Foot-and-mouth disease (FMD) is one of contagious transboundary animal disease known and therefore one of the most important animal diseases. Economic losses caused by FMD include reduction in production parameters such as decreases in milk production, weight gain, reproductive inefficiencies and death in young ruminants and swine. In addition, affected animals cannot work the land – tilling for instance – or pumping water to irrigate fields, or transport agricultural harvests to market. The costs of prevention and control are high, thereby affecting food security and livelihood along the production and marketing chain (World Organization for Animal Health, 2009) .
This study was conducted in order to establish the presence or absence of FMD in Dakahlia Governorate, Egypt.
The PDS team for this study was composed of two veterinarians.
Based on location some in the southern part Aga, some in the northern part and some in the central region for dispersion of coverage. Before each exercise outing was carried out, pre-advocacy visits were conducted to find a suitable meeting arena in each village according to the suitability of time, place, local politics and convenience for the farmers. Efforts were made to include farmers of all age groups. Materials such as Geographical Positioning System (GPS, GARMIN‘s eTrex Legend personal navigator), cardboards, counters, permanent markers, digital camera and others were used for the study. Each person was assigned a role before moving out. We always have our note taker, observer, tool applicator and the facilitator. In order to avoid bias, the Participatory Disease Surveillance (PDS) Team did not mention about FMD during the interview process.
The following tools were used during the course of the participatory disease surveillance: (a) Check list consisting of the following items: mutual introduction, identification of respondents, sources of livestock, livestock species kept, husbandry systems, problems/ challenges, current infectious and non-infectious diseases, common infectious and non-infectious diseases ,time line and seasonal calendar for disease occurrence, questions and advice, (b) Scoring and Ranking: simple ranking, proportional piling and matrix scoring, (c) Visualization which includes mapping, seasonal calendar and transect walk.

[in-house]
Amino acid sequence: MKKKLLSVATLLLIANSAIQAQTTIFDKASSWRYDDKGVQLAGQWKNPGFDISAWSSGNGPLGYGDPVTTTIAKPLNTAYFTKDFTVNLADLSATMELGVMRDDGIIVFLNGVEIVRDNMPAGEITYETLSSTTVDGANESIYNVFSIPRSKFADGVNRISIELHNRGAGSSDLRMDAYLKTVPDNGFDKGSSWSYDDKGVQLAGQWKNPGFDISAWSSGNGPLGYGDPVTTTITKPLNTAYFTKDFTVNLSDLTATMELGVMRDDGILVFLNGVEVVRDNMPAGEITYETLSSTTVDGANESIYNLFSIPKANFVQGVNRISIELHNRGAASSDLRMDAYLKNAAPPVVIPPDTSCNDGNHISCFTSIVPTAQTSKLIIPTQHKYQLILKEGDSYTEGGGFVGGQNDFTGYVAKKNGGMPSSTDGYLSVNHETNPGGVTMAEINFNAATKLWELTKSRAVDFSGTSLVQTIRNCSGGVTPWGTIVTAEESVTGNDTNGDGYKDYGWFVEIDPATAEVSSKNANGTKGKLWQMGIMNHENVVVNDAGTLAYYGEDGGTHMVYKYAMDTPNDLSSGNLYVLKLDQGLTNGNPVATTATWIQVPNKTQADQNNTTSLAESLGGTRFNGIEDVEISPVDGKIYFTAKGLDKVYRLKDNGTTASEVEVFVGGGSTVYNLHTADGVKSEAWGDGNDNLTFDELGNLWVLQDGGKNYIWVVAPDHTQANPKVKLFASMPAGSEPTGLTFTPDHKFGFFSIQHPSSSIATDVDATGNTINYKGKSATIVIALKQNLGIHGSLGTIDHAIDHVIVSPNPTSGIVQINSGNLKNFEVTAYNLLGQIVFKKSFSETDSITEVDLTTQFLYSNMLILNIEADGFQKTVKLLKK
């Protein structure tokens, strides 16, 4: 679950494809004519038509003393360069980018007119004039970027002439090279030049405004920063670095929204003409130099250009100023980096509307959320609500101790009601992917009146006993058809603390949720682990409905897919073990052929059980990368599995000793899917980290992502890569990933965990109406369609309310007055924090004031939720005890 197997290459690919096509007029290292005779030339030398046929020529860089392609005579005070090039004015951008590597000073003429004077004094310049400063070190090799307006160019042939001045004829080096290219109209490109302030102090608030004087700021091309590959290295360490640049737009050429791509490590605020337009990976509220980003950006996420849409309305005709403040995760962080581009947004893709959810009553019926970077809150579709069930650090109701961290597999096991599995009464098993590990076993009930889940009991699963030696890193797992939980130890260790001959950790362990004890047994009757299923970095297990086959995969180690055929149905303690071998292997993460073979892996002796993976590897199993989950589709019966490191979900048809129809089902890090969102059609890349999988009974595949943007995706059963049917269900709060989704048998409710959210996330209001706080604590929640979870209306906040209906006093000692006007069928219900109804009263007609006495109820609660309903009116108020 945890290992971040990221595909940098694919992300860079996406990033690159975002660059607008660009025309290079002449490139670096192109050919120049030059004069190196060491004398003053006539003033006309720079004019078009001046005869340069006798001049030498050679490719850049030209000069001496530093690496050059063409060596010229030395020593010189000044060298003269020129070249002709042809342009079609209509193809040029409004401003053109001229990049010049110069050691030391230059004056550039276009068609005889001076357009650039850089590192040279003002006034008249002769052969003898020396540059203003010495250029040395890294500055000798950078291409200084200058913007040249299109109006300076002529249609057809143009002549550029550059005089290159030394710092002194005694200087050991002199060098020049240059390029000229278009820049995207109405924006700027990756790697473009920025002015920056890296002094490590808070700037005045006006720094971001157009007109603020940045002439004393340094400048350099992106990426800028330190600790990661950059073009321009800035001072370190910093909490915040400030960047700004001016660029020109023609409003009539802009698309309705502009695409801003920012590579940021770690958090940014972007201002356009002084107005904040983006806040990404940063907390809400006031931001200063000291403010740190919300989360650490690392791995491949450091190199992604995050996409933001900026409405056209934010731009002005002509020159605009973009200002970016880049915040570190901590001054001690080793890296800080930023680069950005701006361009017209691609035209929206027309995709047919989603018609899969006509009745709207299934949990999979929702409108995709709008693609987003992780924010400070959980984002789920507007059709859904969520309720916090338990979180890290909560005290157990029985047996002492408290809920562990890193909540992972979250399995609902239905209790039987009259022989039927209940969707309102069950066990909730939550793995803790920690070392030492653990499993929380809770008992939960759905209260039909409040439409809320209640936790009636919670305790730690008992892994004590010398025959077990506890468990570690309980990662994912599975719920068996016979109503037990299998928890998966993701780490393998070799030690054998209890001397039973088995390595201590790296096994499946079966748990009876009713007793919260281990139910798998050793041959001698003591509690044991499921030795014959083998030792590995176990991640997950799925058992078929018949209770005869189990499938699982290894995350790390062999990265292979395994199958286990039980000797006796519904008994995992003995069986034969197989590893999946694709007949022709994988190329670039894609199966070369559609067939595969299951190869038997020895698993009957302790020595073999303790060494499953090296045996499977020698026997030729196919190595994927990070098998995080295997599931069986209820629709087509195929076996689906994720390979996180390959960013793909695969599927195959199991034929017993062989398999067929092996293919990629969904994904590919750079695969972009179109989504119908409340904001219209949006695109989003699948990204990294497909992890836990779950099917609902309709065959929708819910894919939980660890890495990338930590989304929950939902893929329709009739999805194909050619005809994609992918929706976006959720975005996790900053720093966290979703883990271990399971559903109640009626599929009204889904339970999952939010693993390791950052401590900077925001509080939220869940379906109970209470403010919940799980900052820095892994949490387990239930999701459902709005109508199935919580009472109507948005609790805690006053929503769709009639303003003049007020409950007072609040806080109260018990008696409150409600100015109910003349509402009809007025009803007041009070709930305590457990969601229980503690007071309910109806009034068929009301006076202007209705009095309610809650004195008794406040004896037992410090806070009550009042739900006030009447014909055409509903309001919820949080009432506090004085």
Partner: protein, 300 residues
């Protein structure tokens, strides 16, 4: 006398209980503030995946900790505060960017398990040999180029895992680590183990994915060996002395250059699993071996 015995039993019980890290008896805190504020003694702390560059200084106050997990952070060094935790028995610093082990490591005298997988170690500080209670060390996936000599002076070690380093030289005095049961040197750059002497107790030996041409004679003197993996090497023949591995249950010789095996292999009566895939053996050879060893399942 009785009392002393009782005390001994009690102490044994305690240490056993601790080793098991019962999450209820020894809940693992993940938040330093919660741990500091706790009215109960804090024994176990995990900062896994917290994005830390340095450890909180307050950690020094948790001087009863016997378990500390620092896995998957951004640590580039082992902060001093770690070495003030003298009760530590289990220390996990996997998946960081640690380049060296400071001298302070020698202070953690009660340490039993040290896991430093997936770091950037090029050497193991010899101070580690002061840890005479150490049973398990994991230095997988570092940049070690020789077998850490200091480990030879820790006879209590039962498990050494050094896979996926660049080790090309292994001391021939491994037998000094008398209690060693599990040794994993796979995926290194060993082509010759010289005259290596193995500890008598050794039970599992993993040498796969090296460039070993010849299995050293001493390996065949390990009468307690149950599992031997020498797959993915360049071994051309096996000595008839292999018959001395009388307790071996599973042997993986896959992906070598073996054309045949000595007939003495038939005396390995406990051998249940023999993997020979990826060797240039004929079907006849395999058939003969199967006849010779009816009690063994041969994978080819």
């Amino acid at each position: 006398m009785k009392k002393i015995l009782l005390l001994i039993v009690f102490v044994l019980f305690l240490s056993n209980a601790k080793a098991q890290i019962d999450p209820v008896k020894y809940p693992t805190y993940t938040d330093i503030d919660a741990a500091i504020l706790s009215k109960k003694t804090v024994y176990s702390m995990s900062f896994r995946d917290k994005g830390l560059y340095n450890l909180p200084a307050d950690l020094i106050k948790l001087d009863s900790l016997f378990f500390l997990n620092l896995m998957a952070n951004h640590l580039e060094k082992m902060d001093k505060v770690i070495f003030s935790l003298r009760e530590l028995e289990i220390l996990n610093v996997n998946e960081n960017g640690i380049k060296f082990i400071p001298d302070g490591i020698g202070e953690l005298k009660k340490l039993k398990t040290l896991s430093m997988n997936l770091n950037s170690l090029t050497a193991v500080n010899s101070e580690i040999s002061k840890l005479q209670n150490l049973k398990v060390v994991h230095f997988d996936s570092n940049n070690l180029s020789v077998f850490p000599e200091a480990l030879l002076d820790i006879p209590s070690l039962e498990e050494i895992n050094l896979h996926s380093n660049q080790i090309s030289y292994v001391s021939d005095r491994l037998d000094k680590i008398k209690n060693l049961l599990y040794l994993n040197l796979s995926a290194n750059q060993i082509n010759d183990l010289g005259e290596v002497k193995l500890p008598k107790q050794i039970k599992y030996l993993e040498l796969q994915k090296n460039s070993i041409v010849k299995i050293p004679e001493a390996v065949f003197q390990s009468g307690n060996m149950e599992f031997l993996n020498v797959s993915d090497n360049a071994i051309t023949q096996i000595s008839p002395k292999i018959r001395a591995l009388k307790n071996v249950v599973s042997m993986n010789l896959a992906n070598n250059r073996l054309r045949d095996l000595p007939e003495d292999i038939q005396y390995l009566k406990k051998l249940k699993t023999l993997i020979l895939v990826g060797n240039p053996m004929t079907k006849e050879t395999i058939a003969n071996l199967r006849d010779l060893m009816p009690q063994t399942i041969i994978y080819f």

Data was analysed as indicated in “A Manual for Participatory Disease Surveillance Practitioners: Introduction to participatory epidemiology and its application to highly pathogenic avian influenza participatory disease surveillance” .
Simple ranking and scoring methods
Ranking and scoring methods require informants to assess the relative importance of different items. Ranking usually involves placing items in order of importance (1st, 2nd, 3rd etc.) whereas scoring methods assign a value or a score to a specific item. This is usually done by using counters such as seeds or stones, nuts or beans to attribute a specific score to each item or indicator.
A seasonal calendar is a visual method of showing the distribution of seasonally varying phenomena (for example, economic activities, production activities, problems such as debt, illness/disease, migration, and natural events/phenomena etc) over time.
Scoring is done using seeds or other counters to give value for the items being ranked. Scoring can be open (value decided by each participant) or can be based on a fixed number. For example, an item that ranks high might receive ten points out of a possible ten given. A low rank would be one or zero points out of ten given. 20 villages in Aga District were participatory disease surveillance and they were listed in the Table 1.
|14||Meet Abou el-Hussein|
Table 1: Shows the list of 20 villages in Aga District that were participatory disease surveillance.
Based on simple ranking, the most prevalent species kept in 20 village of Aga district was buffalo (Table 2).
Table 2: Ranking of livestock species based on their population in Aga district.
Table 3 indicates the various diseases of buffalo and cattle encountered by the farmers in the 20 villages/communities where this study was done where FMD was the most important disease followed by viral pneumonia, bacterial diarrhea, hoof affections and coccidiosis.